The Art Angle Podcast: What Does an Art Scene Look Like Under the Coronavirus?
This week, reporter Vivienne Chow calls in from her home in Hong Kong to share her experience living in a region ravaged by the COVID-19 virus.
Welcome to the Art Angle, a podcast from Artnet News that delves into the places where the art world meets the real world, bringing each week’s biggest story down to earth. Join host Andrew Goldstein every week for an in-depth look at what matters most in museums, the art market, and much more with input from our own writers and editors as well as artists, curators, and other top experts in the field.
Usually, the first weeks of March are intensely busy ones for the international art community, as they lead up to the Art Basel Hong Kong art fair: an unmissable event that galleries, museums, and even other cultural sectors in the region have used as an anchor to present their own very best programming to visitors from around the globe. This year, though, the staggering impact of the novel 2019 coronavirus has forced Art Basel to cancel its Asian fair, beginning a long cascade of postponed and canceled art events around the globe.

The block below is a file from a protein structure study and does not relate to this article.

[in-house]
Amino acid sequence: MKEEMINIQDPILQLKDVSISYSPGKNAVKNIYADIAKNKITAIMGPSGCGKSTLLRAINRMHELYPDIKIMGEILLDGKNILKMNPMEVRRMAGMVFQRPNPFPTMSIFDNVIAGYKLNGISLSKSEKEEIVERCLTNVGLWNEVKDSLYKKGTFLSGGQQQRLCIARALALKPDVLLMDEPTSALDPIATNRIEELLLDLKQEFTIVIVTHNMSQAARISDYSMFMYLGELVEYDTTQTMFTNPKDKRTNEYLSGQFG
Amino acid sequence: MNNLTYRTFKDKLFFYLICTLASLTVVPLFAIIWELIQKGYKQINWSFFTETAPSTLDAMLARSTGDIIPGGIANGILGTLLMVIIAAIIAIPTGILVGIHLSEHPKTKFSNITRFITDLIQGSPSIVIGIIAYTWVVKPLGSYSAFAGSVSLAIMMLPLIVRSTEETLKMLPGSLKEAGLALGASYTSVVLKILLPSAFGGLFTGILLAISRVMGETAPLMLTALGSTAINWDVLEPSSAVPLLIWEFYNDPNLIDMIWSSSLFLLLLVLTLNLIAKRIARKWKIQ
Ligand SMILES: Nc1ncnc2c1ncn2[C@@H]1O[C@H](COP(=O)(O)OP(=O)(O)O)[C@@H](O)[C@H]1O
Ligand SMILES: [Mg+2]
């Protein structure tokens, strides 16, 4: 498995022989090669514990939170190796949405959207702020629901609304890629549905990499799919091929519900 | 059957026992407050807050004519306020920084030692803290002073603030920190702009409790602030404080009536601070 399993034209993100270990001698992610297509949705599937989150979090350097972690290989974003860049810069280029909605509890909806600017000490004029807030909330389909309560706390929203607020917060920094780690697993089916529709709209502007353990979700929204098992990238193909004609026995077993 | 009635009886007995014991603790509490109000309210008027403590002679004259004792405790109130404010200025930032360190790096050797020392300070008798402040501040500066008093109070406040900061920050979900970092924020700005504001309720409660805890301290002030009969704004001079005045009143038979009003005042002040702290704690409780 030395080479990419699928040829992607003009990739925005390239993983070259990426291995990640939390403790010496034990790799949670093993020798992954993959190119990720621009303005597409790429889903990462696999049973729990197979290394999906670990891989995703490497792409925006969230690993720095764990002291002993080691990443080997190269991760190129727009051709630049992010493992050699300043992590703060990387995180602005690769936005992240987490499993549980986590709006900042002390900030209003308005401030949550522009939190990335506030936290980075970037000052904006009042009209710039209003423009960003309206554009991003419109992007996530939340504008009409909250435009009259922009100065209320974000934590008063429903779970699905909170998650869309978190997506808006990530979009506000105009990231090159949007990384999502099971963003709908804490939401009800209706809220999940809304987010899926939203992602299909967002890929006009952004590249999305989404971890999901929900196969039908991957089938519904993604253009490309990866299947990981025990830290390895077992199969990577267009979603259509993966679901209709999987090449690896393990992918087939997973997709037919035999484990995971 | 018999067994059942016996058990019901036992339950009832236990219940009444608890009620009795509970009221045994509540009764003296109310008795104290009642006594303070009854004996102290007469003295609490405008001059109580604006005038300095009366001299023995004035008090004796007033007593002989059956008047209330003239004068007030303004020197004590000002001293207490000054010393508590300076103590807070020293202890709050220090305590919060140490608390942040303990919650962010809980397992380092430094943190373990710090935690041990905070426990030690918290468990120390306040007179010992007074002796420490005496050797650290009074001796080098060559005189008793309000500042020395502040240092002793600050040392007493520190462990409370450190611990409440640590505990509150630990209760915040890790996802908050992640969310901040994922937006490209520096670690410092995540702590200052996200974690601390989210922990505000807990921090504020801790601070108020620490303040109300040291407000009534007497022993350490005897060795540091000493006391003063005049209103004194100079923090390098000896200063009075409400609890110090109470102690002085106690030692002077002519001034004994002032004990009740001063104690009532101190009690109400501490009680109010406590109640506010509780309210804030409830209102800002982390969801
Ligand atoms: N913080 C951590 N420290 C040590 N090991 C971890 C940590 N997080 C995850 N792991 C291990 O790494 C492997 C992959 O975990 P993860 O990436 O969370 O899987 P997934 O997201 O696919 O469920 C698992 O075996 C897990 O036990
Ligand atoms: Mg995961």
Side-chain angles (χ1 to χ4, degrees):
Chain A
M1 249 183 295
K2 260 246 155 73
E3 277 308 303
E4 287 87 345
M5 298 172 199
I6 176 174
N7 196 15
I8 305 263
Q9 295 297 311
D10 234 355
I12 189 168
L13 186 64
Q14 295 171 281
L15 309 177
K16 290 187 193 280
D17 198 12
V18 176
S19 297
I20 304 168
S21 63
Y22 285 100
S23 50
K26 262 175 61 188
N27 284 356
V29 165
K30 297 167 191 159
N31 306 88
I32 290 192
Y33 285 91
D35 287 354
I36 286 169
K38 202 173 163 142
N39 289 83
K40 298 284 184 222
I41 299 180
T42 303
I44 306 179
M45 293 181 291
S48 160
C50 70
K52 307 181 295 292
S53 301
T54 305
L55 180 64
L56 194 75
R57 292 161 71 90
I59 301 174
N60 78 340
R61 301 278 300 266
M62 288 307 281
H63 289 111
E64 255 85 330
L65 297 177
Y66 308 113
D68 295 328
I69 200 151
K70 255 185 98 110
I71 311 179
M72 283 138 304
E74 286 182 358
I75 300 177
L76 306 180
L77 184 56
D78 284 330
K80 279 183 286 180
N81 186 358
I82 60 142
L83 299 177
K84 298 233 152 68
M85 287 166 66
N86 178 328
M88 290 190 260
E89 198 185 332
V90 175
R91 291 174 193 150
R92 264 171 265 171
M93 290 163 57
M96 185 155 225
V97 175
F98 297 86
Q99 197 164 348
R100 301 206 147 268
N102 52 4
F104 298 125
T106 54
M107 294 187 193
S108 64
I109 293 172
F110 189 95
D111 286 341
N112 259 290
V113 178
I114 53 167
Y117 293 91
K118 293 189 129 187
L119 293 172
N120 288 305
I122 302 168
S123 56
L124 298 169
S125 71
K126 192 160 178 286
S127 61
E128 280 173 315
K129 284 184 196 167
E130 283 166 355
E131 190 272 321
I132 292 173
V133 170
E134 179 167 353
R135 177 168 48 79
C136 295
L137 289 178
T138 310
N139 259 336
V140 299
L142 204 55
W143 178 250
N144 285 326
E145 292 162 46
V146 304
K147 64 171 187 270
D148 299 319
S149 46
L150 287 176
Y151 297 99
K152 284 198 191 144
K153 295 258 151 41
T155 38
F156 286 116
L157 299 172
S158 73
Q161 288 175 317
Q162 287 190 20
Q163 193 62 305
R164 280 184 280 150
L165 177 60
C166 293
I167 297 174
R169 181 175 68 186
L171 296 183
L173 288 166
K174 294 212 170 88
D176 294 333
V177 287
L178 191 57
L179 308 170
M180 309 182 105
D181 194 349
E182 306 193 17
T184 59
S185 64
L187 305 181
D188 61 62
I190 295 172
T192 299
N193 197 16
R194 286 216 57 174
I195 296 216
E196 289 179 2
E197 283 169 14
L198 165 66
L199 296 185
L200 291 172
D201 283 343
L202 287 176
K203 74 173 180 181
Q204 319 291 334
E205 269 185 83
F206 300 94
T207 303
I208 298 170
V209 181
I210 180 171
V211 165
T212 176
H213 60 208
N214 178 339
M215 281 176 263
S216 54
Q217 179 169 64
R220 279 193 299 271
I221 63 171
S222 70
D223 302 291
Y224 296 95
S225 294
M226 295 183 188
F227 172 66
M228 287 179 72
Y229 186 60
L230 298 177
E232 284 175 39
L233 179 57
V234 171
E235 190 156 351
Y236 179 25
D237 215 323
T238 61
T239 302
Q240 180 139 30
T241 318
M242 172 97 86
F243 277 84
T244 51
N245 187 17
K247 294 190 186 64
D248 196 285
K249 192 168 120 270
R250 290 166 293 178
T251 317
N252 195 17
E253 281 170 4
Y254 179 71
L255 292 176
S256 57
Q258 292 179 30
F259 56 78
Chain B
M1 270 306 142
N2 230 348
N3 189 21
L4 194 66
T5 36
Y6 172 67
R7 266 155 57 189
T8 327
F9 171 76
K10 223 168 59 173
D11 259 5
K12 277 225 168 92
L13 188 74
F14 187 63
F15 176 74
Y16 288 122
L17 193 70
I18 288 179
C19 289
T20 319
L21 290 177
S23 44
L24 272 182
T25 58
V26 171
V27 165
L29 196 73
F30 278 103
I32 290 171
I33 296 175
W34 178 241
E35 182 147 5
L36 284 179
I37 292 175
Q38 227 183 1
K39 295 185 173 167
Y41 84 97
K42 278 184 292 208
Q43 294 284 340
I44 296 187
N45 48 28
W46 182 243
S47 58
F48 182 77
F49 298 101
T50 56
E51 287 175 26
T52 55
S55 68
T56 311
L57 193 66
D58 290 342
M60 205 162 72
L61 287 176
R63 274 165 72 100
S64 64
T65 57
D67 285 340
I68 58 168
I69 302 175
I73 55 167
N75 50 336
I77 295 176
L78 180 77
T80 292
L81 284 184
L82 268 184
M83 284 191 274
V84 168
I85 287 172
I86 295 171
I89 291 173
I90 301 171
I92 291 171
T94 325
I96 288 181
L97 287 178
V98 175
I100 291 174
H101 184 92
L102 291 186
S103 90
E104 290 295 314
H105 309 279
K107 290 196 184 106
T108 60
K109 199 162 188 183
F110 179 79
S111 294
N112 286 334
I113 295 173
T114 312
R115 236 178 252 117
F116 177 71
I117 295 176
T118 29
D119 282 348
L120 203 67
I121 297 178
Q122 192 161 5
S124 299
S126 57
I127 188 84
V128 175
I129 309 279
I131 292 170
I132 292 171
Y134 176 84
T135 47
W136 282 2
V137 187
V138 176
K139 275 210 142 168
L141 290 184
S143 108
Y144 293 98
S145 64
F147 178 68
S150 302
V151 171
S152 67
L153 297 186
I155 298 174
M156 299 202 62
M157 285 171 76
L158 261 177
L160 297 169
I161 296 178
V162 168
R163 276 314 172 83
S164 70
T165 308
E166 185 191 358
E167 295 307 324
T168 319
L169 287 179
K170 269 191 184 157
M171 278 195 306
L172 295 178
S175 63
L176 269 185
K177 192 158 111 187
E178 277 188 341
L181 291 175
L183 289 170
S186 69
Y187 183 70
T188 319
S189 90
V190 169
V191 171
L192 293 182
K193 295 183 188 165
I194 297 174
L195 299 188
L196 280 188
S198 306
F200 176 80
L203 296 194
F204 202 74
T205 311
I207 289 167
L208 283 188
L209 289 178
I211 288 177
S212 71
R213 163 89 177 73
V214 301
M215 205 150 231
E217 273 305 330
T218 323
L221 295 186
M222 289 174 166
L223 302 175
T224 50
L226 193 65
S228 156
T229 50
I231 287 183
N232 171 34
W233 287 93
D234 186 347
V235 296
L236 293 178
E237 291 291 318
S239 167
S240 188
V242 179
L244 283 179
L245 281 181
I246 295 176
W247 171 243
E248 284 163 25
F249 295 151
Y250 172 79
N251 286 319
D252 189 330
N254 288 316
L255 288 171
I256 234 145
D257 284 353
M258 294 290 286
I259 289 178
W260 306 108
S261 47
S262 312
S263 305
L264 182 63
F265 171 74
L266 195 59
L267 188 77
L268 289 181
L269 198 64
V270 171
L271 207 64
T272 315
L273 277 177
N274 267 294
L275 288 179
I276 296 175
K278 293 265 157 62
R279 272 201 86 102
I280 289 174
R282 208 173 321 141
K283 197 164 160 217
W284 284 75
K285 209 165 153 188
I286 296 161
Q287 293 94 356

For the residents of Hong Kong, life has been turbulent for much of the past year, ever since pro-democracy protests began roiling the city and its art scene in late March 2019. Although Hong Kong has been praised by the World Health Organization for its rapid and effective response to the virus—it harbors only about 115 cases of COVID-19 at this time, including just three fatalities—its ace public-health infrastructure has not exempted the city from an economic crisis first sparked by the demonstrations, then accelerated by the measures taken to protect its citizens from infection.
Where does this latest upheaval leave Hong Kong’s artistic community? Roughly two months after joining the Art Angle to discuss the effects of the protests, reporter Vivienne Chow calls in to this week’s episode from her home in Hong Kong, where she and her fellow residents have been self-isolating for weeks. She provides a front-line view of both the challenges and the opportunities presented by the coronavirus, from the eerie reality of museums, art galleries, and auction houses devoid of people, to the ingenuity and resilience shown by the many businesses launching virtual exhibition and selling platforms to compensate for the loss of face-to-face interactions with collectors, curators, and enthusiasts.
As the rest of the world tries to cope with the ever-changing conditions of the epidemic, Chow’s account provides perspective, and even a measure of hope, for how life and culture can weather the crisis.
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